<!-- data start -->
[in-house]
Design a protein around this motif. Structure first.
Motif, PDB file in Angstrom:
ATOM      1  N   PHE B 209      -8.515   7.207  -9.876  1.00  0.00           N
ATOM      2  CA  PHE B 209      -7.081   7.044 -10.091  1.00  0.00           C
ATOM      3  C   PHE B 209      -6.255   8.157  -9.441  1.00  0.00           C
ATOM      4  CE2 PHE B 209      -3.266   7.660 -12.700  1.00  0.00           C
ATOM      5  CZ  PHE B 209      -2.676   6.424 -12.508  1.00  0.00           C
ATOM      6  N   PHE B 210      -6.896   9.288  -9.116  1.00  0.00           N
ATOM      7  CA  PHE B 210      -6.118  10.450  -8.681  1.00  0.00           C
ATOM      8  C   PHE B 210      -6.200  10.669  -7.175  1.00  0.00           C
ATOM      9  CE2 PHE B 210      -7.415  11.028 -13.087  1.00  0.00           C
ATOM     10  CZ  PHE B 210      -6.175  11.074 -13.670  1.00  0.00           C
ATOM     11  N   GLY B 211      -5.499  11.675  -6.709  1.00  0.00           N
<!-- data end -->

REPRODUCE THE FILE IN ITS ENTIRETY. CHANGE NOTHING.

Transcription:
[in-house]
Design a protein around this motif. Structure first.
Motif, PDB file in Angstrom:
ATOM      1  N   PHE B 209      -8.515   7.207  -9.876  1.00  0.00           N
ATOM      2  CA  PHE B 209      -7.081   7.044 -10.091  1.00  0.00           C
ATOM      3  C   PHE B 209      -6.255   8.157  -9.441  1.00  0.00           C
ATOM      4  CE2 PHE B 209      -3.266   7.660 -12.700  1.00  0.00           C
ATOM      5  CZ  PHE B 209      -2.676   6.424 -12.508  1.00  0.00           C
ATOM      6  N   PHE B 210      -6.896   9.288  -9.116  1.00  0.00           N
ATOM      7  CA  PHE B 210      -6.118  10.450  -8.681  1.00  0.00           C
ATOM      8  C   PHE B 210      -6.200  10.669  -7.175  1.00  0.00           C
ATOM      9  CE2 PHE B 210      -7.415  11.028 -13.087  1.00  0.00           C
ATOM     10  CZ  PHE B 210      -6.175  11.074 -13.670  1.00  0.00           C
ATOM     11  N   GLY B 211      -5.499  11.675  -6.709  1.00  0.00           N